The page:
chapter  7
15 Pages

Diffusion of tourism knowledge through stakeholder networks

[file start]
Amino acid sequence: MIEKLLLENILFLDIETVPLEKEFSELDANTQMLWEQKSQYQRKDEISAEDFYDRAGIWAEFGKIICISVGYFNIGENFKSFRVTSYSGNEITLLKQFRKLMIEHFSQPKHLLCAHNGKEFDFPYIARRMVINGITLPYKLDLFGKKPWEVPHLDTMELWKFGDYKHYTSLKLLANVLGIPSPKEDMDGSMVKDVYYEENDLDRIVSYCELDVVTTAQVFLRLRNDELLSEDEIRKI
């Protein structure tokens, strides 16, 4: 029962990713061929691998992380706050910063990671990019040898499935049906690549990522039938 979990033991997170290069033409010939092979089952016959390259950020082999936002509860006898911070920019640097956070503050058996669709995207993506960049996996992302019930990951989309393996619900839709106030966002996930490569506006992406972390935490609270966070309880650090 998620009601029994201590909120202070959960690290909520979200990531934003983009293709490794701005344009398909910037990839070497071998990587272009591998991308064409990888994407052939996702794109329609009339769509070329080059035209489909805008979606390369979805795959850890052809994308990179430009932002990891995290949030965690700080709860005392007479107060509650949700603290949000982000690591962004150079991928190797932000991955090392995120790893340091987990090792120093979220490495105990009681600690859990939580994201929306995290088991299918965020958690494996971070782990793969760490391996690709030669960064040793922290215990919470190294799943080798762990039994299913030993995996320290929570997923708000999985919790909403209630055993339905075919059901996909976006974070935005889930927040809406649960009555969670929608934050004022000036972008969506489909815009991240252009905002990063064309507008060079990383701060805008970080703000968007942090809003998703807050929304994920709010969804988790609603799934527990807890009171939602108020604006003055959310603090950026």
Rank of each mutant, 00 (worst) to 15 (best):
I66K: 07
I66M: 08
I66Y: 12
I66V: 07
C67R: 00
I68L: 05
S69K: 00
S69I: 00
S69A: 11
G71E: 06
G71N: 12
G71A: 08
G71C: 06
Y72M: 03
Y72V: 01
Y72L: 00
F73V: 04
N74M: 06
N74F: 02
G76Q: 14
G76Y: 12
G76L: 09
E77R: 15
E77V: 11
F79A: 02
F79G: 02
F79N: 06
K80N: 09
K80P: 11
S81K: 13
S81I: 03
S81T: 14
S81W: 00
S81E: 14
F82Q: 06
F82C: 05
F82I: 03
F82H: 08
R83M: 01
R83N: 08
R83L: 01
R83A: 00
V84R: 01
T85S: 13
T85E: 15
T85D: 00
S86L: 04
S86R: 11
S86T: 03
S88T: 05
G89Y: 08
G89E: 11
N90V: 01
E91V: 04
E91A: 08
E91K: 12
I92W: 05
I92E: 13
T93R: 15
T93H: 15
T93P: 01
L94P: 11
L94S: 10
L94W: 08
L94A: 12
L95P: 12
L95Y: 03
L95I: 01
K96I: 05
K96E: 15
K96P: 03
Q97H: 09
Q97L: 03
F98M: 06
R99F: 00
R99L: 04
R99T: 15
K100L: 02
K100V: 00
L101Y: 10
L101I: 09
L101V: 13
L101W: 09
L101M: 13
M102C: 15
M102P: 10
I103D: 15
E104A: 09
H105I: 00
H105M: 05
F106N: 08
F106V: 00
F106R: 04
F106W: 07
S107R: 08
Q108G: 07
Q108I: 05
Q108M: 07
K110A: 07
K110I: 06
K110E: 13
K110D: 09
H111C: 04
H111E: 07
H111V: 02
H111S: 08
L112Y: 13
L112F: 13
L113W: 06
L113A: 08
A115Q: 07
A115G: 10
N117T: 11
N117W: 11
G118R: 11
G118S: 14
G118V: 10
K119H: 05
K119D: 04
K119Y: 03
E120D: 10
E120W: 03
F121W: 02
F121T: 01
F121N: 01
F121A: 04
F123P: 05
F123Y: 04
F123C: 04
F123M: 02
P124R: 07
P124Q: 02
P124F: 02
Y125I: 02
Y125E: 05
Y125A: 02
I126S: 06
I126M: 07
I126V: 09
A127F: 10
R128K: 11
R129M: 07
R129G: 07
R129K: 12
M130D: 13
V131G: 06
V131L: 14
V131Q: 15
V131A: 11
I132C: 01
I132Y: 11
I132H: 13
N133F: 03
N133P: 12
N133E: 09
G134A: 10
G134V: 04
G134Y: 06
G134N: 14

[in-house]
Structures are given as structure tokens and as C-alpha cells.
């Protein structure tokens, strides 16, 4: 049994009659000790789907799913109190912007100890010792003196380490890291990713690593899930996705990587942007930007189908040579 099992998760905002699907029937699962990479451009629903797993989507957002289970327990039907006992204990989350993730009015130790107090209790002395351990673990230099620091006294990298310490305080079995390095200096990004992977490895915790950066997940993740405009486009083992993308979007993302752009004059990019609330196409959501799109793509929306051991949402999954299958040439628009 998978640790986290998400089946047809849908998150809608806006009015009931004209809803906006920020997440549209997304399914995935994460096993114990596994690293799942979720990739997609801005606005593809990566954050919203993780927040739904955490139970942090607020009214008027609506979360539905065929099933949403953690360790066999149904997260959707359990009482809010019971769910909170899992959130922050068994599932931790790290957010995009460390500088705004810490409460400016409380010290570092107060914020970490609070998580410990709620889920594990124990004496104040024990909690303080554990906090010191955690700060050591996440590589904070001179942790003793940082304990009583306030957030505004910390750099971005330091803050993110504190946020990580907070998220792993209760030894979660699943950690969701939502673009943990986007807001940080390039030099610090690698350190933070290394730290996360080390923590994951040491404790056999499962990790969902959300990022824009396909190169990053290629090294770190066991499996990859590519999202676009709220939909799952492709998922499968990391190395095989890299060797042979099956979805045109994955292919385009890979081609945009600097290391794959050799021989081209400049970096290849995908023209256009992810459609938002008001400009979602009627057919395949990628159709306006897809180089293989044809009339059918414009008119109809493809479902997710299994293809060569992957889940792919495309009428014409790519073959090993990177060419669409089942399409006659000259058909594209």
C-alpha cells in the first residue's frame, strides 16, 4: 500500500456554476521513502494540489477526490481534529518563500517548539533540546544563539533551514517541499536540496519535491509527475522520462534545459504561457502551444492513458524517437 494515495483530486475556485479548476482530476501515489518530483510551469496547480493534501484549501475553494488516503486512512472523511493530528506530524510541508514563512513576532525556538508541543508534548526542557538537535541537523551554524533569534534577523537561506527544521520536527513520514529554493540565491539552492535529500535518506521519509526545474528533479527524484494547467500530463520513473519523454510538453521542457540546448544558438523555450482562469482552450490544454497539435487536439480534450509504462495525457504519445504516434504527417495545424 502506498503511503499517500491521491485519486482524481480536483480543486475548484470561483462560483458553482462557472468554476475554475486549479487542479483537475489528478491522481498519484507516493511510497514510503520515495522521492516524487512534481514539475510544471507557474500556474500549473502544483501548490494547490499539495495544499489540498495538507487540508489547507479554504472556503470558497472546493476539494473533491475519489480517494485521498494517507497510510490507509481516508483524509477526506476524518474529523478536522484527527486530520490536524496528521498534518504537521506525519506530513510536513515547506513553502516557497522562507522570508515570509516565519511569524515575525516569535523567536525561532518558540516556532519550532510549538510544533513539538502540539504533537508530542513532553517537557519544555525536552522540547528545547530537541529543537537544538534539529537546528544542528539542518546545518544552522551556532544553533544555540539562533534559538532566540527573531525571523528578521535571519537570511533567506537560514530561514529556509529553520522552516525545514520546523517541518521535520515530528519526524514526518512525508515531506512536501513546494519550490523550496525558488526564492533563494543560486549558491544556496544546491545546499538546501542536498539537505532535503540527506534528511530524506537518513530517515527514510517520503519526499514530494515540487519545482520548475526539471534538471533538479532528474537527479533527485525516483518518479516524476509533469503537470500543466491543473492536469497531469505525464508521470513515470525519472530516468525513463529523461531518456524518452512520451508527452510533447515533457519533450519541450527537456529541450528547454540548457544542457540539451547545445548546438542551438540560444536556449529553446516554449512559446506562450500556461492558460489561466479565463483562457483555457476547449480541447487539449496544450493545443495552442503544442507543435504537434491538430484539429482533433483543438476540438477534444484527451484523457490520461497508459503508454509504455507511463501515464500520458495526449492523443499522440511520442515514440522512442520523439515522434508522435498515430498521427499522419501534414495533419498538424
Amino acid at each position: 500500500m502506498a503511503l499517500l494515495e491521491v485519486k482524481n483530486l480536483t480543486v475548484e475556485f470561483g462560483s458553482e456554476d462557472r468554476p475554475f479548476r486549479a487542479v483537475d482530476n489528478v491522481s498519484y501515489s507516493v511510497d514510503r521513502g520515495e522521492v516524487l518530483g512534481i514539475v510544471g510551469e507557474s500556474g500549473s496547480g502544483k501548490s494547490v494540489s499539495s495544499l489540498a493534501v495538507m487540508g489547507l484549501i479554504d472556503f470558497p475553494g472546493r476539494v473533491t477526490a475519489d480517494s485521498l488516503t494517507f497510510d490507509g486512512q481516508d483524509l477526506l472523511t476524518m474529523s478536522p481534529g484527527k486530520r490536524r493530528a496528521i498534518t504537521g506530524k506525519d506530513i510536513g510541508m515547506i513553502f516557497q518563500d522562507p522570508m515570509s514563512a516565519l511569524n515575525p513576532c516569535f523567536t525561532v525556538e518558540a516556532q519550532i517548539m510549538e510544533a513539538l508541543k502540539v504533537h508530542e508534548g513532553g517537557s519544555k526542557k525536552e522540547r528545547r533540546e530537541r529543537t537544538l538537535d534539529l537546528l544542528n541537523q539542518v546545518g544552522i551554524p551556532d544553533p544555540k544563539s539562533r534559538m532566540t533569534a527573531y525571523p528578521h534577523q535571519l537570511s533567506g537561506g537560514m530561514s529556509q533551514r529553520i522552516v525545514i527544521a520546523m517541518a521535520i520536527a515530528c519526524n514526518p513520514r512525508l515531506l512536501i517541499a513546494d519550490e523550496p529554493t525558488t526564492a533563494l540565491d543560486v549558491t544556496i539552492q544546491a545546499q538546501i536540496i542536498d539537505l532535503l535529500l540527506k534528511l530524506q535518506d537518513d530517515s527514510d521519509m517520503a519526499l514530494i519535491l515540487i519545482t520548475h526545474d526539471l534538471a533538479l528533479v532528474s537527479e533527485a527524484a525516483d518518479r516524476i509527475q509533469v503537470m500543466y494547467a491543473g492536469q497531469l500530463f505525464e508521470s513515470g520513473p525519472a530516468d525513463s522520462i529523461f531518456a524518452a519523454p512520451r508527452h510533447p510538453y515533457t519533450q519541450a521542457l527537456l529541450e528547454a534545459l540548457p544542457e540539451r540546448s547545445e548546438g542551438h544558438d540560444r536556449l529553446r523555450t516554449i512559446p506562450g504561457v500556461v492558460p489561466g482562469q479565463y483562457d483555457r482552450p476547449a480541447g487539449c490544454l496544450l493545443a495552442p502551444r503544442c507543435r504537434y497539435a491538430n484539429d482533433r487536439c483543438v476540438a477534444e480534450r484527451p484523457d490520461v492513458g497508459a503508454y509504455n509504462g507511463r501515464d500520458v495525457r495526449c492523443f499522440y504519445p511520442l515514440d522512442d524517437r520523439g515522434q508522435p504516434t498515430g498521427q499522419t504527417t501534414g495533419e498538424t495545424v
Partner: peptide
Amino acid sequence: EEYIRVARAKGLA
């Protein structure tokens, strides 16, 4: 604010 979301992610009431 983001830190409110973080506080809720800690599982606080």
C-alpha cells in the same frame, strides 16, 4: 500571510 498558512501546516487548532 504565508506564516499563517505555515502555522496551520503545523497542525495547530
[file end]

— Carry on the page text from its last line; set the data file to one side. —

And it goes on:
Introduction It is common today to consider that knowledge creation is the basis of economic growth for a firm (Nonaka and Takeuchi 1995) or that learning regions (Florida 1995) or regional innovation systems (Cooke, Gomez Uranga, and Etxebarria 1997) are the basis for regional competitiveness. This regional competitiveness is due to the synergistic interaction between individuals and resources and has been discussed in terms of geographic clusters, industrial districts or tourism destinations (Hjalager 2000, 2010). However, it is less clear as to how and why innovation, creativity or synergy should be enhanced in a geographically constrained area although most recently there has been an emphasis on the importance of collaborative social interaction as a major factor in explaining this phenomenon. A large and growing body of empirical research shows that social relationships and the networks these relationships constitute are influential in explaining the processes of knowledge creation, diffusion, absorption, and use (Phelps, Heidl and Wadhwa 2012). This chapter examines these issues from the perspective of network theory leading to a focus on ‘knowledge networks’ research (Phelps et al. 2012). The study of knowledge networks incorporates a series of theories that have in common the idea that knowledge is searched for, created and transmitted through a set of nodes (which are individuals or higher level collectives that serve as heterogeneously distributed repositories of knowledge). The connections or relationships between these nodes enable and constrain the efforts of the nodes to acquire, transfer, and create knowledge (Phelps et al. 2012). This chapter will provide a brief introduction to the basics of the theory of networks and then diffusion theory that utilizes this network thinking. It identifies the importance of knowledge domains – key needs and uses for knowledge and how these constitute distinct networks of stakeholders. This chapter will then examine the knowledge domain networks in tourism: destination policy, infrastructure planning, destination marketing, and destination management networks.